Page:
1) No, snobbiness doesn’t violate the law of demand. There are still more people driving Geo Metros than Rolls Royce’s so overall demand decreases as the price increases. But people with unlimited amounts of money are exceptions to most rules, including the law of demand. If price doesn’t affect them, then the only determinate of demand that they follow is their personal tastes.

3) No, the price increase isn't a coincidence. When there were two gas stations on the same street corner that corner had a competitive market in gasoline and buyers could easily see what the competitor’s price was. Now that there is only one gas station, Shell has a monopoly on that corner. There’s no longer an alternative for buyers in that area so they will be willing to pay a higher price.

keri said...

Hey.. so this has nothing to do with S and D info.. but I just checked my blog and it says that anybody can view it, so it's not on private, but then when I hit the link from your page for my blog, it says that there is no blog there...... so perhaps it isn't linked right or whatever you would say about that kind of thing. My blog is at apecon07.blogspot.com try getting to the blog by actually punching in the url instead of the link, maybe that will make a difference. Otherwise I will show you my blog on Monday and we can try and sort it all out...

Wojtek said...

Hello,
Concerning the 1st question:
I think that the law of demand is not violated in this sitauation. Accualy it apllies here as in any other situation. Goods like RRs or Rolexes are luxury goods that price is also driven by economic laws. If the quantity demanded doubled the price would go up to. The reason why people buy something (wether to show off or to survive) doesn't influence the demand. It matters though when we talk about the demand elasticity.

4) low priced goods are small percentage of our income so the demand is insignifficantly affected.

Ashley said...

#1: No buying extremly expensive things does not violate the law of demand. There are still fewer people who can afford a Rolls Royce, so the demand is still less. As price increases demand increases, which follows our distribution of wealth, fewer rich than middle class citizens.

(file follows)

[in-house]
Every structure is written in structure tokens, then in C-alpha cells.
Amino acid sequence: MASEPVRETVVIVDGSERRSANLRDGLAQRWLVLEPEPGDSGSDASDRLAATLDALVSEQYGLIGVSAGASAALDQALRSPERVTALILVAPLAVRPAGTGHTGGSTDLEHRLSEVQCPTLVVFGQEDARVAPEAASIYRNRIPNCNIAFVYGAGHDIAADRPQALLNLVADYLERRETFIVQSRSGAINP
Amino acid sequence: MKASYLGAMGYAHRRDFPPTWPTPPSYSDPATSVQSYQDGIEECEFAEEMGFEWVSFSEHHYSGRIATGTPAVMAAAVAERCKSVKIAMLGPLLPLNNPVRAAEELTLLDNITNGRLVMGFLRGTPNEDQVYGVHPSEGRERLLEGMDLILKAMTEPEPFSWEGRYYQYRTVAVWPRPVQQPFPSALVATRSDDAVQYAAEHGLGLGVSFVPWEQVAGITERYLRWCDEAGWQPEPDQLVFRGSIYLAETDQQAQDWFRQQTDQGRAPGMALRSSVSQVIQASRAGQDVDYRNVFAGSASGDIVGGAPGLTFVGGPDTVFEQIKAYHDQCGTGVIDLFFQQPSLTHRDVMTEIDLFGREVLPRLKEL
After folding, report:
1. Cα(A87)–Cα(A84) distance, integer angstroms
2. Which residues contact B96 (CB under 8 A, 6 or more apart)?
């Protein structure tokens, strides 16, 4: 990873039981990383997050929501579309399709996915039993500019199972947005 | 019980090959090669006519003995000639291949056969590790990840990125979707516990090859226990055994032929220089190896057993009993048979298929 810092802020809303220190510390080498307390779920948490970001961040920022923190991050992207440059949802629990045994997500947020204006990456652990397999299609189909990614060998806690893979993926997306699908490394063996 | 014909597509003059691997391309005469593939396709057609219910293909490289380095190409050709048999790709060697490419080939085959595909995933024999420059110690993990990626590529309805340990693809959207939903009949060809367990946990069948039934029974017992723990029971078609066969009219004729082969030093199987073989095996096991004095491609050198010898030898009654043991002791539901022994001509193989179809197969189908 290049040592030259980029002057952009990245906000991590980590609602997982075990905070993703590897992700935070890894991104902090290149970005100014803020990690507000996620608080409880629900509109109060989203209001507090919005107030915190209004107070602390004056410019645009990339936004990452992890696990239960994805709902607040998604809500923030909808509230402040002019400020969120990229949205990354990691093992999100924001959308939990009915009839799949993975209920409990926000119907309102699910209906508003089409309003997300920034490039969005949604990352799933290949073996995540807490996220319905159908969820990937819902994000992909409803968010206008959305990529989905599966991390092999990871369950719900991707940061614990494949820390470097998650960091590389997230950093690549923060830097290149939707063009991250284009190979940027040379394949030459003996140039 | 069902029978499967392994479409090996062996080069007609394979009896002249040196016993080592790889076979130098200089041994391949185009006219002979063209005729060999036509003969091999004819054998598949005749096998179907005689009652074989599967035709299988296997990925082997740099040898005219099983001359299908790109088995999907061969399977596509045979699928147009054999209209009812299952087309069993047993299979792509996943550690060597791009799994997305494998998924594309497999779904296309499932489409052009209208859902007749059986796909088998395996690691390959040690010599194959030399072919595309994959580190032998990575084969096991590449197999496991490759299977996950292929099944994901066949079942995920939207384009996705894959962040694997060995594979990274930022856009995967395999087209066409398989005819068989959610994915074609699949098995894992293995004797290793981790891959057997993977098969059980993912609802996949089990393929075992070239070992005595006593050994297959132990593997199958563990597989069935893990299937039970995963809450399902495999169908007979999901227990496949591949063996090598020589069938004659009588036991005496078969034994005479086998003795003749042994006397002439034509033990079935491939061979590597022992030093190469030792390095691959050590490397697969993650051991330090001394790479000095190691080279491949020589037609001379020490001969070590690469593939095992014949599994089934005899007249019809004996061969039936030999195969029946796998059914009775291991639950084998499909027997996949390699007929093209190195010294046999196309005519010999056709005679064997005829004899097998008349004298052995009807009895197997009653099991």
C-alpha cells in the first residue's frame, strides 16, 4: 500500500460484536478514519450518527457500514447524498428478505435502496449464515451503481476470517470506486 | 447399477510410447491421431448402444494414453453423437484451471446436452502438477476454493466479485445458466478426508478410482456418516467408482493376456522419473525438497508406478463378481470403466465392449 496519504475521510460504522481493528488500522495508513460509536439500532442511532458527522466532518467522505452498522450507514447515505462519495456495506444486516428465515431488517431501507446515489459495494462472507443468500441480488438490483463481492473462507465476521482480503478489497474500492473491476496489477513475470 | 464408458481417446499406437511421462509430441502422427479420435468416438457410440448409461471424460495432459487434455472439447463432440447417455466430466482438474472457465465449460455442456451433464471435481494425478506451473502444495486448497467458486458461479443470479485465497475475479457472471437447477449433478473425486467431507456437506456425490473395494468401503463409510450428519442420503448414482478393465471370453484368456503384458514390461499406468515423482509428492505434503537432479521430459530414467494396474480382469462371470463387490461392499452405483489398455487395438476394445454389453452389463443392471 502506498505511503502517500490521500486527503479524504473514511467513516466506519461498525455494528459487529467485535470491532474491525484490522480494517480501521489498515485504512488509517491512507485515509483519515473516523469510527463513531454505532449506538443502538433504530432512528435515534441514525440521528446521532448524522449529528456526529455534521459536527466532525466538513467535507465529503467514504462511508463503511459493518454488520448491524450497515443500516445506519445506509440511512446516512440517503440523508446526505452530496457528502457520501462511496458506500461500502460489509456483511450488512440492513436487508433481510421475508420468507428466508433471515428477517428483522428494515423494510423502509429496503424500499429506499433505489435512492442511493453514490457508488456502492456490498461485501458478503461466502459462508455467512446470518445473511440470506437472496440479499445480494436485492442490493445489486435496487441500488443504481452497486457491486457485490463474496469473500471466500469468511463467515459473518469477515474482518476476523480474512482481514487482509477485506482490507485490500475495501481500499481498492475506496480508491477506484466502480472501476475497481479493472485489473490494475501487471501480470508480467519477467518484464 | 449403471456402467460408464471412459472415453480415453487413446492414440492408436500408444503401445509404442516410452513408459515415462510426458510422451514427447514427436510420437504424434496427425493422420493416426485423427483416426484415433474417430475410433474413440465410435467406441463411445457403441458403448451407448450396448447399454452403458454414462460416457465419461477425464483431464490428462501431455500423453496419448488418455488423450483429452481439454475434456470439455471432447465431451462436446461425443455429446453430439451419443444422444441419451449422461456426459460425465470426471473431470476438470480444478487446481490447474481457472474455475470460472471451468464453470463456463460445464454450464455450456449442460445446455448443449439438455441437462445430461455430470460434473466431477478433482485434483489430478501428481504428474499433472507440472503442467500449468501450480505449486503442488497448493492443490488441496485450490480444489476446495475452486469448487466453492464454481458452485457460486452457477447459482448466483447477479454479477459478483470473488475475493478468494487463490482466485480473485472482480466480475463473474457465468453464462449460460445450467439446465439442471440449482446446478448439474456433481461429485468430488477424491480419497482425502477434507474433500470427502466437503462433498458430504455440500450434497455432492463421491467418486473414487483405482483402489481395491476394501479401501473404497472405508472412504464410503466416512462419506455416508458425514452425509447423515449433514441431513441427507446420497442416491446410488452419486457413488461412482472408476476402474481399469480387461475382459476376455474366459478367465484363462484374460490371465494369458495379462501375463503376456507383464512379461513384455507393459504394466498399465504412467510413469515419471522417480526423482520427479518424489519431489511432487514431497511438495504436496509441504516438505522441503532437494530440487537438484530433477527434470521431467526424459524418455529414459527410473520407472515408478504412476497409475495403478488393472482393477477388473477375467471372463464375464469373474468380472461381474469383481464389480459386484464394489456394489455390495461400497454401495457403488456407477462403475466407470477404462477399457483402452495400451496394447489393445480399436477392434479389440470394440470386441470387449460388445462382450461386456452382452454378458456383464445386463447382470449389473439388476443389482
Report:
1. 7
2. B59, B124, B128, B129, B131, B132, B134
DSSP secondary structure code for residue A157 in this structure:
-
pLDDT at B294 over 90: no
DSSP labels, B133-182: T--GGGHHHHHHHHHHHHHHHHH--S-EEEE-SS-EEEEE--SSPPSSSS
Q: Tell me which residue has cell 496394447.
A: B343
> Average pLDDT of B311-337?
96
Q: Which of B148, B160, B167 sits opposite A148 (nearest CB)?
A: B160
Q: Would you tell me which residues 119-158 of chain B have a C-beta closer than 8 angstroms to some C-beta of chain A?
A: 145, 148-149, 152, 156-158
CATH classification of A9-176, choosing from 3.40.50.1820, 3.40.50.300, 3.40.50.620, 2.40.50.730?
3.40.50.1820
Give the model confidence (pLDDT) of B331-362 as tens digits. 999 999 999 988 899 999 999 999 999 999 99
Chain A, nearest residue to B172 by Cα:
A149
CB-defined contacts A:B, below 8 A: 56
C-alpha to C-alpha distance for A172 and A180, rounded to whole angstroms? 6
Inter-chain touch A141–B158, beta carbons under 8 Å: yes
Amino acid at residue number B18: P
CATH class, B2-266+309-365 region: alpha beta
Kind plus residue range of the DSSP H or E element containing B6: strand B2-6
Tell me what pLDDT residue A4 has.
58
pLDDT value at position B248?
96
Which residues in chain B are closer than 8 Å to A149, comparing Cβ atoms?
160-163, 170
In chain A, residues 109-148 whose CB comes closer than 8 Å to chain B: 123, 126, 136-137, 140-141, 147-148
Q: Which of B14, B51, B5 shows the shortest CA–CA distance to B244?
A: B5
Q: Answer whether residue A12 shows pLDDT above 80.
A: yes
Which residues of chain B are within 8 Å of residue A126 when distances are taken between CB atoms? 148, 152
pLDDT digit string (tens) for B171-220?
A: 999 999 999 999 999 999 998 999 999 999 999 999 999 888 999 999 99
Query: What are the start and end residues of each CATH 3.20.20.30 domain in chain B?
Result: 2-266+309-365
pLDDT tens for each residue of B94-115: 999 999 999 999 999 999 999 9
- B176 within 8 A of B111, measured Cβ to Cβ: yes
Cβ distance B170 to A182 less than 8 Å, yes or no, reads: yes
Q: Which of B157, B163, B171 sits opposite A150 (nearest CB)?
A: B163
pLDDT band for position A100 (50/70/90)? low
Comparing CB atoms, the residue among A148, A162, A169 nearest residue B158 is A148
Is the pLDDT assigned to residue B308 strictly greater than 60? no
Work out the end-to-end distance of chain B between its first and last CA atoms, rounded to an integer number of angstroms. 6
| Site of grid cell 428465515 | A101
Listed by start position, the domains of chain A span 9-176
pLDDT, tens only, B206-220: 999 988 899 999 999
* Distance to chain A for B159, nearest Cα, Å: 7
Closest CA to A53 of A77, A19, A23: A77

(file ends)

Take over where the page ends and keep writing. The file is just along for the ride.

Kate said...

I have a general question for anybody...

I recently bought John Mayer concert tickets, I only bought two, but it was pretty expensive. I was talking to my Dad and he thinks that since the concert is on Valentine's Day they hiked up the price. Now I'm not so sure about that, but if what my father thinks is true, what would the price change be called, in economic terms?

Kate said...

A response to question 4:

This really made me think because when it comes to gas and the price goes up 1 cent, we cringe, but if gum goes from $.60 to $.65 we don't even notice. I think it has something to do with the fact that low priced goods often come in many different varities, and if, let's say sugar, is too expensive for us, there are probably some generic types of sugar we can find that will be cheaper. I think it is bit of psychological thing, where we know low priced goods are not rare, and other sorts can be found everywhere, so we don't worry oursleves.

Gina said...

Question 2e.): When the price of tea falls, the quantity demand of coffee will decrease because the quantity of tea demanded increases as the price decreases. Therefore people will choose the substitute tea instead of coffee.

rusch said...